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Wednesday 6 December 2023 Dublin: 8°C
caster oil plant image via Shutterstock Blooms on the caster oil plant from which ricin can be made.

Here's what the poison sent to Barack Obama can do

The toxin ricin is feared – with good reason.

TWO RICIN-TAINTED letters have reportedly been sent to US government officials; a senator and President Barack Obama. Why is ricin such a feared substance? Here’s what we know about the toxin.

What it is: Ricin is a toxic protein that comes from the castor oil plant. Castor beans are not all that dangerous on their own because they are surrounded by an indigestible capsule.

How much is too much: It takes the pulp of about eight beans to kill an adult. If the protein is purified from the beans, a very small amount — less than 2 milligrams if injected — will kill a person. If eaten, about 2000 milligrams will kill someone.

Where it comes from: The waste from castor oil manufacturing, called waste mash, contains about 5% to 10% ricin by weight, but if it has been heated (which it usually is during the manufacturing process) the protein is no longer toxic.

To capture toxic ricin from castor beans, the protein needs to be separated out from the other plant proteins. There’s a patent that details how to do that, though it might not be all that effective. It probably takes a pretty good chemist to isolate the ricin protein in pure form that is still active.

If the ricin is going to be used as an inhalable poison, it needs to be adapted to a very small particle size to be effective, though it could also be dissolved in water and inhaled as a mist.

How it works: Ricin can kill you if it is inhaled, injected, or ingested. It is most potent when inhaled or injected into the body. Bulgarian writer Geogi Markov was murdered by the Bulgarian secret police by an injection of ricin disguised in an umbrella.

Ricin stops your cells from making proteins by attacking our protein-making factories, the ribosome. Proteins are an essential part of every part of your body.

How long does it take: Ricin isn’t the quickest-acting toxin. It can take up to a day after exposure for symptoms to show up, but it can kill you within three days. If you survive more than five days, you are likely to live.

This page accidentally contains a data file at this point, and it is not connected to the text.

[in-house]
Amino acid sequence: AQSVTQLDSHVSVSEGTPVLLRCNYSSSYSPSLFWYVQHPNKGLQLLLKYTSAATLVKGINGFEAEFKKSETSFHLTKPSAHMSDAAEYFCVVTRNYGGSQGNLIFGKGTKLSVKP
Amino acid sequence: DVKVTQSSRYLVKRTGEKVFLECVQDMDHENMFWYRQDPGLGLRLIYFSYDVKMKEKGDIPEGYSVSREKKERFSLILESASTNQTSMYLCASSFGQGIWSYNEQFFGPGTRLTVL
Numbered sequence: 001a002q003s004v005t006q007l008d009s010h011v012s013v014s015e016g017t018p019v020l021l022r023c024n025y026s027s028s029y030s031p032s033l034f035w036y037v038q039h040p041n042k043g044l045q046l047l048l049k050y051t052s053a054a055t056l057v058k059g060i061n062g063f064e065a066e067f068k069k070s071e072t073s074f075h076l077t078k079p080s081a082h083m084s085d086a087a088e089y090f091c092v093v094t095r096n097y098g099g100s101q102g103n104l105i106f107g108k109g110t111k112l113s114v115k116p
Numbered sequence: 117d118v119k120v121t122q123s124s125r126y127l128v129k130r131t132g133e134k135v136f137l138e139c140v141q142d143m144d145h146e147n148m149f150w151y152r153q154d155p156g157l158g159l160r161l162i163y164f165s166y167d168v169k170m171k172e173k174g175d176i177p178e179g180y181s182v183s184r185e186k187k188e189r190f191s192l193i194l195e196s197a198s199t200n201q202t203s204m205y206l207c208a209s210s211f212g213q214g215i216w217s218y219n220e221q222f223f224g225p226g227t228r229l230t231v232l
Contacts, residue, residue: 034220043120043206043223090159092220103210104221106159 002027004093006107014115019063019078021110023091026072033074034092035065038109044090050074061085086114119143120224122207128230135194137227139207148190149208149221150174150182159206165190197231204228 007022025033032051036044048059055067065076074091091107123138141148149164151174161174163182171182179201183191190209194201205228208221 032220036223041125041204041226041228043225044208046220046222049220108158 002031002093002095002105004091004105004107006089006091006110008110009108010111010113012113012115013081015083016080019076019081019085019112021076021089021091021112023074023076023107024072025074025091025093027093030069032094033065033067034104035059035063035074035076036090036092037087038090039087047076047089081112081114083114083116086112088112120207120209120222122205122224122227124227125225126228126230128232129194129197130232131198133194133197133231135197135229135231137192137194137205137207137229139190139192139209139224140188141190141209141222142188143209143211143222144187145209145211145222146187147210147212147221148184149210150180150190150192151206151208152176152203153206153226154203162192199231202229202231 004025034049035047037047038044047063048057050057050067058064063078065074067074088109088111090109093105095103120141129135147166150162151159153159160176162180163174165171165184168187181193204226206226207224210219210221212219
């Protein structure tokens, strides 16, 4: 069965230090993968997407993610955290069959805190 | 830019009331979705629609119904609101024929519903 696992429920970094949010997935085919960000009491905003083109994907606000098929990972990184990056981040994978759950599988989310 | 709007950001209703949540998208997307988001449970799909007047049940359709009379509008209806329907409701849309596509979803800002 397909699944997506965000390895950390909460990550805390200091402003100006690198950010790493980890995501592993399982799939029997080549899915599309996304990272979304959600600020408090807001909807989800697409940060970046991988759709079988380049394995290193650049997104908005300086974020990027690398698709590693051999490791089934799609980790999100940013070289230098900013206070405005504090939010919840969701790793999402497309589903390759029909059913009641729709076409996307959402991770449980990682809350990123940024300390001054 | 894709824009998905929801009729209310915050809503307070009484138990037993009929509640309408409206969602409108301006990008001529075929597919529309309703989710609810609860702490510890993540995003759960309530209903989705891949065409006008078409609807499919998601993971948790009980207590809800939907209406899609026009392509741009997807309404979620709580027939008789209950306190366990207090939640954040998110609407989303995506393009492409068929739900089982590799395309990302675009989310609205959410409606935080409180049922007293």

What are the symptoms: Victims who ingest the protein get severe nausea and diarrhea. If it is inhaled, the patient will also have difficulty breathing and fluid will build up in the lungs.

They end up with an irregular heartbeat, low blood pressure, and seizures. This can last for up to a week. The patient can die of shock and multiple organ failure.

If you ingest the protein, treatment can usually reverse the symptoms and patients will survive, though they may suffer long-term organ damage. A man was poisoned with ricin in Las Vegas in February of 2008 and fell in to a coma for more than a month.

The Bulgarian writer Markov first showed a fever, was admitted to the hospital, and died three days later.

Pic of Georgi Markov and the tiny ‘bullet’ fired by an umbrella ‘gun’ at him – the pellet was found to contain ricin: PA Images

How is it treated: Treatment basically tries to minimise the effects of the symptoms of the poison. This could include ventilation to help breathing, giving fluids to help stave off dehydration, and giving medication to stop seizures and raise blood pressure.

The US and UK militaries have developed an antidote to ricin, but they haven’t been fully tested on humans. Researchers have also been trying to develop a vaccine for it.

Ricin is not all bad. Some researchers have been trying to use the toxin to kill cancer cells in the body. That is possible because the protein can be linked to a cancer-cell-specific antibody, which can go through the body without hurting normal cells.

- Jennifer Welsh

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